Also, compare your debt and income now to what it was when you took out the original mortgage as banks generally require that your debt to income ratio fall below 36%. If you’ve since accumulated significant debt or if your income has declined, you may not qualify for a lower rate or a refinance at all in spite of stellar credit.

7. Amount of Equity in Your Home
Most lenders want to see some amount of equity in order to qualify you for a loan. Generally speaking, the more equity in your home, the easier it will be to refinance. A minimum of 20% is ideal, but you may still be eligible for a refinance even if you have less, such as 10%. However, the terms may not be as favorable.

8. Adjustable-Rate or Balloon Mortgage
Most people who have an adjustable-rate mortgage or a balloon payment mortgage count on refinancing at some point if they plan to stay in their home. Since refinancing can take a while, give yourself enough time to apply and get approved before your rate adjusts or your balloon payment comes due. Double-check your loan documents to make sure you know exactly when this date is and plan ahead.

9. Loan Term
Many people refinance into a new 30-year mortgage over and over, and never get closer to the goal of owning their home outright. Since interest makes up the large majority of your payments in the first ten to fifteen years, you will pay a lot more in interest if you keep resetting the clock.

Therefore, it’s generally a good idea to request a loan term as long as the number of years remaining on your original mortgage, as long as you can afford it. This allows you to pay off your mortgage according to the original schedule, while still reducing your rate. You can even refinance into a shorter term, which may raise your payment, but could get you an even better rate and set you up to pay the loan off sooner.

Remember, don’t focus on the monthly payment to the exclusion of the loan’s term, your rate, and closing costs. For example, some unscrupulous mortgage broker may show you a loan with a lower payment that actually has a 30-year term, high expenses, and a rate that isn’t much lower than the rate on your current mortgage.

10. People Listed on the Refinanced Mortgage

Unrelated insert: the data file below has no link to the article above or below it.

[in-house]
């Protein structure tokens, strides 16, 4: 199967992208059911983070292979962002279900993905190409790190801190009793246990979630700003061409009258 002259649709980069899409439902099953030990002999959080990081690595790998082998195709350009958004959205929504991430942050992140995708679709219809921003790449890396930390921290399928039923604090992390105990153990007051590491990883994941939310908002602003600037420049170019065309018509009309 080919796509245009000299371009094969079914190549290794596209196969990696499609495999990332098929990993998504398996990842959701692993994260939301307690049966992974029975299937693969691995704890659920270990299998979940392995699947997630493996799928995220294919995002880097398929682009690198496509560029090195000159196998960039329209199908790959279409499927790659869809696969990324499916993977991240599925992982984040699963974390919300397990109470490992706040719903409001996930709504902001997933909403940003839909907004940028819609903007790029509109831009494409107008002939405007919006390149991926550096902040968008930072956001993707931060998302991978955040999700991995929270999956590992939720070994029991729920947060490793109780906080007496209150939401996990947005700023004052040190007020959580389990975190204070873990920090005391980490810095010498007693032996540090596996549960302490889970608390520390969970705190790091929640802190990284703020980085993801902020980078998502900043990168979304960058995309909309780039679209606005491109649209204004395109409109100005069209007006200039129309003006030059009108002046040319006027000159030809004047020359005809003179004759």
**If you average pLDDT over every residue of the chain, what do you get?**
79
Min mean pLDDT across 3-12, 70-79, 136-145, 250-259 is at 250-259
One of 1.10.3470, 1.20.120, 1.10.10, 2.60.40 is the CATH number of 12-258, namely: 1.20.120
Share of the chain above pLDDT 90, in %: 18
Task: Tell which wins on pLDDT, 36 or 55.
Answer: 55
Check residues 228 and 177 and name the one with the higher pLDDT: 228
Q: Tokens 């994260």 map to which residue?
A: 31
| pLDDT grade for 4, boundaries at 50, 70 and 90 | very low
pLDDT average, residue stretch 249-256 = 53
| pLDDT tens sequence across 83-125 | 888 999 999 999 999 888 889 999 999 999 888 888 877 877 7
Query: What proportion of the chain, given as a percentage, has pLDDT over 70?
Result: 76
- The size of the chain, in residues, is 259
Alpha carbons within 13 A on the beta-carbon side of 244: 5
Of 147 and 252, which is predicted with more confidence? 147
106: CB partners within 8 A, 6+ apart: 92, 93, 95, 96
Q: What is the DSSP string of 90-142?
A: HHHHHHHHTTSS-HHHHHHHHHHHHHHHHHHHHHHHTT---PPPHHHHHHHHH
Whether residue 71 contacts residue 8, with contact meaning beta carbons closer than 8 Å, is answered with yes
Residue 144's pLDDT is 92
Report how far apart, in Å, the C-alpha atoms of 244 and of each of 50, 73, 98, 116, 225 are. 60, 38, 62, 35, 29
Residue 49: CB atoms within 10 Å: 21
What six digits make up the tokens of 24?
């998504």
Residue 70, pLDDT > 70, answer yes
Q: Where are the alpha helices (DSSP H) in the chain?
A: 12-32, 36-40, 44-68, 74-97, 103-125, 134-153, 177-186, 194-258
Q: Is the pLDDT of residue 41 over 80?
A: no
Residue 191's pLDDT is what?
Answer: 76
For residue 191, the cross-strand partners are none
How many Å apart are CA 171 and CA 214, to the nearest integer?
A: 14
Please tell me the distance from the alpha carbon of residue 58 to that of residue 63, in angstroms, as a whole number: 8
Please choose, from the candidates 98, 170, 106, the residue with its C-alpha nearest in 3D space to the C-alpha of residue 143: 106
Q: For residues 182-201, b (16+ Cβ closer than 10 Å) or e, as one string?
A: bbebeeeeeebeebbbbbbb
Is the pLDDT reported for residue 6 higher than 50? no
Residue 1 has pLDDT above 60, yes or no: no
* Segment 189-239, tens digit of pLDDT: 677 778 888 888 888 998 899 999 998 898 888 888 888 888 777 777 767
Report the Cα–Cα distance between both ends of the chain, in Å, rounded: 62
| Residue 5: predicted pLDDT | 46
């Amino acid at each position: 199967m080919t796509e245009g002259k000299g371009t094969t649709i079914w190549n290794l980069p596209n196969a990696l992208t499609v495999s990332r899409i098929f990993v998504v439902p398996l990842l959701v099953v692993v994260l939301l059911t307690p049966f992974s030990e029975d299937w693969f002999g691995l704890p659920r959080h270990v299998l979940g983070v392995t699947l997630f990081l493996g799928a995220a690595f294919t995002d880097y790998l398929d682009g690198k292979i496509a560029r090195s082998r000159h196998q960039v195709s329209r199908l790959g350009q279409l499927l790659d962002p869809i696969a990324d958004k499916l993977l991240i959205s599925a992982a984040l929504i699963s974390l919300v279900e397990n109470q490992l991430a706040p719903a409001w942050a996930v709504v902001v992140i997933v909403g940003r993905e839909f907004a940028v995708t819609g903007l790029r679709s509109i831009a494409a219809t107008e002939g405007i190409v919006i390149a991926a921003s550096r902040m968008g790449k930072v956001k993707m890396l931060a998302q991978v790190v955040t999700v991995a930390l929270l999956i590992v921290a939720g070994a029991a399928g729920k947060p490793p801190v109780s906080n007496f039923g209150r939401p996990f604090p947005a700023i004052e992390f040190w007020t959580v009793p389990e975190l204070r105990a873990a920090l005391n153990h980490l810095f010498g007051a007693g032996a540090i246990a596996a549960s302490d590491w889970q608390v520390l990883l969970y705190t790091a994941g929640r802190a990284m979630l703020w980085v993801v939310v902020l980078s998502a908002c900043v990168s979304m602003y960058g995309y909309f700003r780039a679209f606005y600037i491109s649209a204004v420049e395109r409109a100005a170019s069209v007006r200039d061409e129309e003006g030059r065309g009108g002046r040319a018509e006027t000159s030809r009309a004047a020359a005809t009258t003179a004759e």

Generally, if you’re trying to add or remove someone from a mortgage, such as after a marriage or divorce, the lender will require you to refinance. This is done to determine whether or not the other person will qualify, or if you will qualify alone.

However, you may be able to work something out with the mortgage lender in order to accomplish your goal without going through a full refinance. This is especially true if the person who will have been on both mortgages can qualify for the mortgage by themselves.

11. Second Mortgage or Home Equity Loan
If you have a second mortgage, a home equity loan, or a home equity line of credit (HELOC), you may be able to save a lot of money by refinancing that into your primary mortgage.

To determine if you can, add up all your home loans together. If your home’s current value exceeds the value of the loans, you may be able to refinance your loans into one. In this way, you’ll pay one low rate on the entire amount instead of one low rate on your primary mortgage and a higher one on the second.

The rest of the article can be retrieved here


Claudia Hargrove Thoughts
I am here to help!
Let’s face it, home-buying can be an equally frightening and exciting endeavor. Luckily, I am here to provide assistance – both digitally and in person. Whether we’re walking through the home-buying process together, or you’re going solo, I have your back! Here are the 6 home-buying tips I believe are most important:

Find out what your total monthly housing cost would be
Include taxes and home insurance in your cost. In some areas, what you’ll pay for your taxes and insurance escrow can almost double your mortgage payment. Compare mortgage rates now to find the right loan for you. To get an idea of what insurance will cost you, pick a property in the area where you want to live and make a call to an insurance agent for an estimate. You won’t be obligated to buy the policy, but you’ll have a good idea of what you’ll pay if you decide to buy. To estimate what you’ll pay in taxes, check your property appraiser’s website. Just remember that exemptions and the intricacies of local tax law can create differences between what a homeowner is currently paying and what you can expect to pay as a new homeowner.

Find out how much you’ll likely pay in closing costs
The upfront cost of settling on your home shouldn’t be overlooked. Closing costs include origination fees charged by the lender, title and settlement fees, taxes and prepaid items like homeowners insurance or homeowners association fees.

Look at your budget and determine how a house fits into it
Fannie Mae recommends that buyers spend no more than 28 percent of their income on housing. Push past 30 percent and you risk becoming house-poor.